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A town of some 13,000 inhabitants in northern Alabama on the banks of the Tennessee River, Muscle Shoals is tiny in comparison to cities like Memphis, New Orleans and Nashville. Yet for the last half-century it has punched way above its weight in the annals of American music.
It’s effectively the centre of southern country soul, thanks to its legendary recording studios, where such stars as Aretha Franklin, Wilson Pickett, Percy Sledge and Candi Staton made their names, and where in later years established stars like the Rolling Stones, Paul Simon, Bob Dylan and Rod Stewart arrived to infuse their music with the elusive “Muscle Shoals sound”. In his affectionate, well-researched documentary, director Greg Camalier traces the story of the Muscle Shoals phenomenon, and has obtained access to many of the stellar names that have made the town a name to reckon with in the music business.
Yet the key figure in Camalier’s film is not well-known at all. Rick Hall, a brooding man with an obsessive eye for detail, produced many of the early Muscle Shoals hits for his Fame label, in a local studio converted from a tobacco warehouse. A man who has known life’s setbacks and looks like it, Hall is the epicentre of the whole story.
His great achievement was to corral a bunch of local musicians (they became known as The Swampers) to play as session men. They were all white, yet this house band was so funky that no one guessed the difference. (Paul Simon once tried to track down the “black” musicians who had played on The Staples Singers I’ll Take You There. As Hall observed, it was possible, but Simon might find the musicians paler than he expected.)
The Swampers backed Franklin, Pickett and Sledge on some of their finest recorded moments and inadvertently did much to break down racial barriers in American popular music. An array of famous talking heads confirms details of this terrific story. Mick Jagger and Keith Richards gush about Muscle Shoals, where Wild Horses was recorded. Even the normally reticent Aretha Franklin finds words of praise for the place, and a detailed account by several witnesses about the tense session during which she recorded her exquisite hit I Never Loved a Man is utterly gripping.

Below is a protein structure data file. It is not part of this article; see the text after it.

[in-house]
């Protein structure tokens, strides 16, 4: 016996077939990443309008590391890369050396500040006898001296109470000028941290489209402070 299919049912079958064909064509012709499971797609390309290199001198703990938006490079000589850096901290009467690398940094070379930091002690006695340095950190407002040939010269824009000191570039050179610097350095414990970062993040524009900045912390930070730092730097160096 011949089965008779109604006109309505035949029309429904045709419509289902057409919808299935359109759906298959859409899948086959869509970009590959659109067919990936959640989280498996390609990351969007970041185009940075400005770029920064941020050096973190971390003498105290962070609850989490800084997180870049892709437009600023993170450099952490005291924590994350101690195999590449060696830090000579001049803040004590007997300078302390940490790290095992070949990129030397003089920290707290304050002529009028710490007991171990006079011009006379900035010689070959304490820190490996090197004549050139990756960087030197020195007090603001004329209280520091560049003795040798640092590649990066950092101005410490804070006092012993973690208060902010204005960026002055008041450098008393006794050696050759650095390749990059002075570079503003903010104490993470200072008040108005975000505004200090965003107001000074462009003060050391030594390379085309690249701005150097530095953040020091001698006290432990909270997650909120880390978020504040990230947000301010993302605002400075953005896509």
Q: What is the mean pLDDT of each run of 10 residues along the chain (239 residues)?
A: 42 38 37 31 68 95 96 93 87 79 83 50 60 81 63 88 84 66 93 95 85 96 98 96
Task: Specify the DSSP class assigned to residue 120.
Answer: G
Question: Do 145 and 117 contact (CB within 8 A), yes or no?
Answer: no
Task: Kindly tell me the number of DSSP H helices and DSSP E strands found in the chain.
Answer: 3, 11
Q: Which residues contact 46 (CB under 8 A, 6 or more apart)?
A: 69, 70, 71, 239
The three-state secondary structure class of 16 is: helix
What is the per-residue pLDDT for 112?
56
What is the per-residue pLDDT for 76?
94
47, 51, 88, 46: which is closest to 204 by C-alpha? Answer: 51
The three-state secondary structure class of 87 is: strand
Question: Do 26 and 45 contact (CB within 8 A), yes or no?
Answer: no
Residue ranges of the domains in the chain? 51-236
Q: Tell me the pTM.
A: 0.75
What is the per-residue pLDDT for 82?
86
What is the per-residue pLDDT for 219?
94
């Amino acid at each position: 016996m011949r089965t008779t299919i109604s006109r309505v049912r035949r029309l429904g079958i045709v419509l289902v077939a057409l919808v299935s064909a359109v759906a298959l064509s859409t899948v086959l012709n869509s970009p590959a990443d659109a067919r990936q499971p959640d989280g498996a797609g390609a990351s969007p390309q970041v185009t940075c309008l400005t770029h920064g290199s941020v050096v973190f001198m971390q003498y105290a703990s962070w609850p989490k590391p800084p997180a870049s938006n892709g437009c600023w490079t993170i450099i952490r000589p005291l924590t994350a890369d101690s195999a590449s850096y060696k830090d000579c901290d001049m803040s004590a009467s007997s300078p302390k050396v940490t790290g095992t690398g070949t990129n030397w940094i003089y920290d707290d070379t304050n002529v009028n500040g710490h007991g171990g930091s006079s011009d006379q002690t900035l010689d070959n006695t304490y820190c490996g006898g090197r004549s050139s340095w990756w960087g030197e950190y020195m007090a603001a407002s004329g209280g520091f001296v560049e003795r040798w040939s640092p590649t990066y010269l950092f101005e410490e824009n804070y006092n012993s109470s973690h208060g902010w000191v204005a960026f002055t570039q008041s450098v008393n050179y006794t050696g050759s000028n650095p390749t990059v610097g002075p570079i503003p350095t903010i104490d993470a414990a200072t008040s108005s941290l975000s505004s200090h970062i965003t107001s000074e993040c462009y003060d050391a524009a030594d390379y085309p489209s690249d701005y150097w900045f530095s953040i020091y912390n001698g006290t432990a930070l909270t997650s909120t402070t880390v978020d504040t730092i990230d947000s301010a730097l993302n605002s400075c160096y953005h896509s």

Camalier establishes a strong sense of place. Muscle Shoals is lush, green and sleepy. There’s something faintly mystical about it – perhaps due to its proximity to the Tennessee, known as “the river that sings”. Muscle Shoals loses its momentum when the story takes a detour to include the Allman Brothers, who recorded there. And one yearns to see a music documentary that doesn’t feature Bono elbowing his way into the frame to offer his bombastic opinions.
Still, it barely detracts from this film, propelled in equal measure by its gorgeous music and rich anecdotes. Overall, it’s joyous, uplifting – and as funky as the music at its heart.— David Gritten, The Telegraph
Tue November 5, 2013, 7:00 & 9:15, Muenzinger Auditorium
USA, 2013, English, Color, 111 mins, DP, 1.85:1, NR • official site